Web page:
Elizabeth Cecil (Ph.D. 2016, Brown University) is trained as an historian of South and Southeast Asian religions with Sanskrit and Hindi as her primary research languages. Her forthcoming monograph—Mapping the Pāśupata Landscape: Narrative, Place, and the Śaiva Imaginary in Early North India (Brill, 2019)—explores the intersections of religion, politics, and place-making in Early Medieval India with a particular focus on the geographic expansion of a religious community called the Pāśupatas, devotees of the Hindu God Śiva. With her new projects, she investigates the dynamics of trans-regional religious networks in early South and Southeast Asia and explores the use of material media—ranging from monumental columns and terracotta sculptures, to pocket-sized shrines—to communicate innovative religious ideas and practices.
Since Elizabeth’s research relies heavily on the synthesis of primary sources, both textual and material, her research agenda is philologically and archeologically grounded and defined by a rigorous program of field research. She has conducted fieldwork across South and Southeast Asia (India, Nepal, Cambodia, Thailand, Laos, and Vietnam) and cultivated multiple sub-specializations in the material cultures of these regions: epigraphy, landscape archeology, and traditions of temple architecture and iconography. Elizabeth’s textual scholarship focuses on inscriptions and Sanskrit narrative literature—particularly the genres of purāṇa and māhātmya—concerned with communicating religious identities and mapping sacred topography. In conceptualizing her work, she draws on phenomenological approaches to place and landscape, theorizes alternative archives, considers the social lives of images and objects, and explores the ways in which monuments and built landscapes were designed strategically to materialize political aspirations and religious ideologies.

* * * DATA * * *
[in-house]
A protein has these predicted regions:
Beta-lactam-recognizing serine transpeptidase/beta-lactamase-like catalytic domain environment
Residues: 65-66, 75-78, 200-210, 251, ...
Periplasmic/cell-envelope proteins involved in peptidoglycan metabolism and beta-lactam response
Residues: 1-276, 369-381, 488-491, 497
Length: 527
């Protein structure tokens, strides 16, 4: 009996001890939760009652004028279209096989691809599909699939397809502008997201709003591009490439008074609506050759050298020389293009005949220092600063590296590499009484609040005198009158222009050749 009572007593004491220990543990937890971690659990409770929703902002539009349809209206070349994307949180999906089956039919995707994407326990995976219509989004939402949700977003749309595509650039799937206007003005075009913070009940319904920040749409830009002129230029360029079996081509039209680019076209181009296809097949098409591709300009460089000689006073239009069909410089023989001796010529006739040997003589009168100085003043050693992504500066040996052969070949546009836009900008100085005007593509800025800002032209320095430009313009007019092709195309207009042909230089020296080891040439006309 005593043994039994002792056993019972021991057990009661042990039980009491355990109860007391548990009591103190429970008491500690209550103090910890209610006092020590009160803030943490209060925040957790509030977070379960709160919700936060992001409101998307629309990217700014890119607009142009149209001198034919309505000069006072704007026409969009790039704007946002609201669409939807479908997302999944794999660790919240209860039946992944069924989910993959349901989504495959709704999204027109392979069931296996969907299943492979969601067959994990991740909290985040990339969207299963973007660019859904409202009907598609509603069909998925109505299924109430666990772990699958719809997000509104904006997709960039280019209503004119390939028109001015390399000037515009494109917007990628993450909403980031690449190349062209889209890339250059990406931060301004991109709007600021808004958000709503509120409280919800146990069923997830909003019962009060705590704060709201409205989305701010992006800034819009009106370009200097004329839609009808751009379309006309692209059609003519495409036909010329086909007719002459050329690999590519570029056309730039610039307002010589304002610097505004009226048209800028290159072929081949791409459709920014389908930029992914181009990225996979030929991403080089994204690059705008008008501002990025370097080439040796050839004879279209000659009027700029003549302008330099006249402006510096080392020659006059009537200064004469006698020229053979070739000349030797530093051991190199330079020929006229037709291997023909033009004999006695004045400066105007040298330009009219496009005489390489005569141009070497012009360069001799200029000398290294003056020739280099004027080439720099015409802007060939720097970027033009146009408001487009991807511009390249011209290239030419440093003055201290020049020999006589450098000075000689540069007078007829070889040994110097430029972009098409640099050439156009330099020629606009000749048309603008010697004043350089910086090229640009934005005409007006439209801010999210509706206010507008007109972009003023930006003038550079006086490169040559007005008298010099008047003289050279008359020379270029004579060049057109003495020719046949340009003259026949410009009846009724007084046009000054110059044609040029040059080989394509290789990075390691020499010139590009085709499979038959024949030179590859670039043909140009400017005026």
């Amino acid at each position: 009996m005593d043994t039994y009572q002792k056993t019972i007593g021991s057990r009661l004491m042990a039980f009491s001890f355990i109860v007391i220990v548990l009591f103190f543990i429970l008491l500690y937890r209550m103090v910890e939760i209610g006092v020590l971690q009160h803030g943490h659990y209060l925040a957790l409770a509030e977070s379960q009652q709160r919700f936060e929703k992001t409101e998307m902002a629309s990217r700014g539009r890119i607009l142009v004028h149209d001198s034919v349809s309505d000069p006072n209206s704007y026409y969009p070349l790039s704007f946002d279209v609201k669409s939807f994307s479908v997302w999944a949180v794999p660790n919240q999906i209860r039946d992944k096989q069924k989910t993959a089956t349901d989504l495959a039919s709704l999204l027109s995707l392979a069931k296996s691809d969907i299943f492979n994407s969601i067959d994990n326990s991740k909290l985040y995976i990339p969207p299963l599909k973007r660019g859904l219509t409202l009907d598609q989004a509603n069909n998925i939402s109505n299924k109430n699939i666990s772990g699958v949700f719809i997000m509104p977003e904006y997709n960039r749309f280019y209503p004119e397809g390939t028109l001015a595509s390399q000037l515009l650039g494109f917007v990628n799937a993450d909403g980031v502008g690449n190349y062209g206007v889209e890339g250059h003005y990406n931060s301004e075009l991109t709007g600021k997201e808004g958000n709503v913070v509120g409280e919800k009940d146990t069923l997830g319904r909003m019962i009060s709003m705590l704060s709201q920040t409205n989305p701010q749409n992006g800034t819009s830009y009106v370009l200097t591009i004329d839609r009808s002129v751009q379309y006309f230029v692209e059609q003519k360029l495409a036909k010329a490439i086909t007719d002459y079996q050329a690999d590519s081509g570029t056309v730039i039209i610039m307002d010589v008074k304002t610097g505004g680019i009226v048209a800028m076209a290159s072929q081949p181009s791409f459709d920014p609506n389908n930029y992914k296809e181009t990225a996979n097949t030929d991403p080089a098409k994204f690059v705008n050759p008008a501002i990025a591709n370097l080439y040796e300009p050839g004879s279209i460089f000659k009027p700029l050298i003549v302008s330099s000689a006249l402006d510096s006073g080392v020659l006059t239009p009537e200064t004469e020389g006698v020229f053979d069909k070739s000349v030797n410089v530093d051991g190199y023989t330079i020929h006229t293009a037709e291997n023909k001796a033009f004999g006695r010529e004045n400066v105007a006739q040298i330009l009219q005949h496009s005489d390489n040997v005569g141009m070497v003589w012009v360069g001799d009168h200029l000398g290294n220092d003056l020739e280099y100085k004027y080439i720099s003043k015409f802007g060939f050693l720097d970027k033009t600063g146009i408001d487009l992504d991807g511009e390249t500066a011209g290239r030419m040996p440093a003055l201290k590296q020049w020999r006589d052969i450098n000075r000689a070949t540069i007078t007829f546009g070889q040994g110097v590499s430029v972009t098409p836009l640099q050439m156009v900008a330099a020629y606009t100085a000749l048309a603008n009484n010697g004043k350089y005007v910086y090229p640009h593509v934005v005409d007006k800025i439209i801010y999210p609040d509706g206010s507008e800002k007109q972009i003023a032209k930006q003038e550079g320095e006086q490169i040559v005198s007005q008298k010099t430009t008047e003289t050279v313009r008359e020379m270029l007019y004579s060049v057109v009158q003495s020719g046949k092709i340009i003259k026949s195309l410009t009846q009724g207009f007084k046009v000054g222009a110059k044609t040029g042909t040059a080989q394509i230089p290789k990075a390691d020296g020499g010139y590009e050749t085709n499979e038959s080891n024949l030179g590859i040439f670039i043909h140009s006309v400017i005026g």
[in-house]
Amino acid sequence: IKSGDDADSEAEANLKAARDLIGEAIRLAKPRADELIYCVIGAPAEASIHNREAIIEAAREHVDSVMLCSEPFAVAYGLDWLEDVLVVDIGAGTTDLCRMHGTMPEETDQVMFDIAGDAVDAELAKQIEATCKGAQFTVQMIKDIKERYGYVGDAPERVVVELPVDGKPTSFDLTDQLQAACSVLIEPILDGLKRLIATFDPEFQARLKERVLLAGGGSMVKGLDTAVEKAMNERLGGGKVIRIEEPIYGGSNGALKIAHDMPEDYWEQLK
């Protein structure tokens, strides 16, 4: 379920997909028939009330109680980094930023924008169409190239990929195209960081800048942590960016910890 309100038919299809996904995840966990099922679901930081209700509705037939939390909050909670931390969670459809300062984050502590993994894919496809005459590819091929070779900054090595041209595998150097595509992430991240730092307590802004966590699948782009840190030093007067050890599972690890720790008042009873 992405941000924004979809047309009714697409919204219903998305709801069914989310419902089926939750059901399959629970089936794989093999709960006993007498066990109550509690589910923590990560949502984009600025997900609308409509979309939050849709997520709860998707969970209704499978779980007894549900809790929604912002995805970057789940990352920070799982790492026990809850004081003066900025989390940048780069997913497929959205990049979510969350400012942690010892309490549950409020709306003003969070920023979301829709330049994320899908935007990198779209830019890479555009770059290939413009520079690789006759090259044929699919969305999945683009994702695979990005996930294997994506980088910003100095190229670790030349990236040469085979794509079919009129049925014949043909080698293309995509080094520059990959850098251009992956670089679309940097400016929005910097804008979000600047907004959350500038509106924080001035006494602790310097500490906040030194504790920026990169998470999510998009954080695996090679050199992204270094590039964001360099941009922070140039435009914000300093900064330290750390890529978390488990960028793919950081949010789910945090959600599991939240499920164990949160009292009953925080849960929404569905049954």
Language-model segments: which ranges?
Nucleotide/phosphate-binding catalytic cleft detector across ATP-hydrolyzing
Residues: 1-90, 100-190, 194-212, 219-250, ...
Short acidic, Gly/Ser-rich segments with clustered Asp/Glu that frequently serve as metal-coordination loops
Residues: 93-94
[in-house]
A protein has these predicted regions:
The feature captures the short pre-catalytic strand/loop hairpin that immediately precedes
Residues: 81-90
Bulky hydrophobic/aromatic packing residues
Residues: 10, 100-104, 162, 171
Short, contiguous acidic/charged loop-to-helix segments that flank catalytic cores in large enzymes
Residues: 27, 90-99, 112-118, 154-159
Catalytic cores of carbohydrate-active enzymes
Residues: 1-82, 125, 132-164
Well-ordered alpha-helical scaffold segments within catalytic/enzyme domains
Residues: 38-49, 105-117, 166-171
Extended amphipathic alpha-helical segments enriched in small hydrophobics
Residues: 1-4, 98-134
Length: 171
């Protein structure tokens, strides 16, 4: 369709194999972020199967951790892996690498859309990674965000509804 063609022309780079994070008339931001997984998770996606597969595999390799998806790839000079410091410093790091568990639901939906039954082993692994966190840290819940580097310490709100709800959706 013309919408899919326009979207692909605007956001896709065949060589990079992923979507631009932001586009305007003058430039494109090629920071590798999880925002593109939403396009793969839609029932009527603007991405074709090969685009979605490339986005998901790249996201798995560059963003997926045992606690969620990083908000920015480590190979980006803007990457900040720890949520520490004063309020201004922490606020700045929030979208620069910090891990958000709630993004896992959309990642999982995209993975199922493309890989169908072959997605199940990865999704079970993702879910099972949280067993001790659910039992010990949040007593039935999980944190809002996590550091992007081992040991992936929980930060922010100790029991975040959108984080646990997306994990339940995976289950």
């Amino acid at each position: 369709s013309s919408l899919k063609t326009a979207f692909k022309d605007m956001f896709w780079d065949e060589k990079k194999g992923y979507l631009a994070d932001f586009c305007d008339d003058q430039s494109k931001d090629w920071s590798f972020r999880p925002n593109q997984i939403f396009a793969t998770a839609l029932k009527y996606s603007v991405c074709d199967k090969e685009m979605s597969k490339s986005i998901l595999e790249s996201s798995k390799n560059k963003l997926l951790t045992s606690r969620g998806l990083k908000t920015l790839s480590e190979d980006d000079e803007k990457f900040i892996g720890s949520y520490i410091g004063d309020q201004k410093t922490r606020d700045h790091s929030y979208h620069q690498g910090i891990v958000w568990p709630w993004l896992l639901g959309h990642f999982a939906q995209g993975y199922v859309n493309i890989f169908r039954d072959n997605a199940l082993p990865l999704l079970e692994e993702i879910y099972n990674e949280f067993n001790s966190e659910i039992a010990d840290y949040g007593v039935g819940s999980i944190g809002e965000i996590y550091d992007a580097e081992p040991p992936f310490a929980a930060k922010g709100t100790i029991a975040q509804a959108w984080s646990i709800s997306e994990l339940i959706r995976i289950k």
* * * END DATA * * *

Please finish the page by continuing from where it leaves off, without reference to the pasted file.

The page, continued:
Upcoming Courses (Fall 2019)
- ON RESEARCH LEAVE
Current Courses (Spring 2019)
- REL3337: Goddesses, Women, Power
- REL3171/RLG5937: Religion and Ecology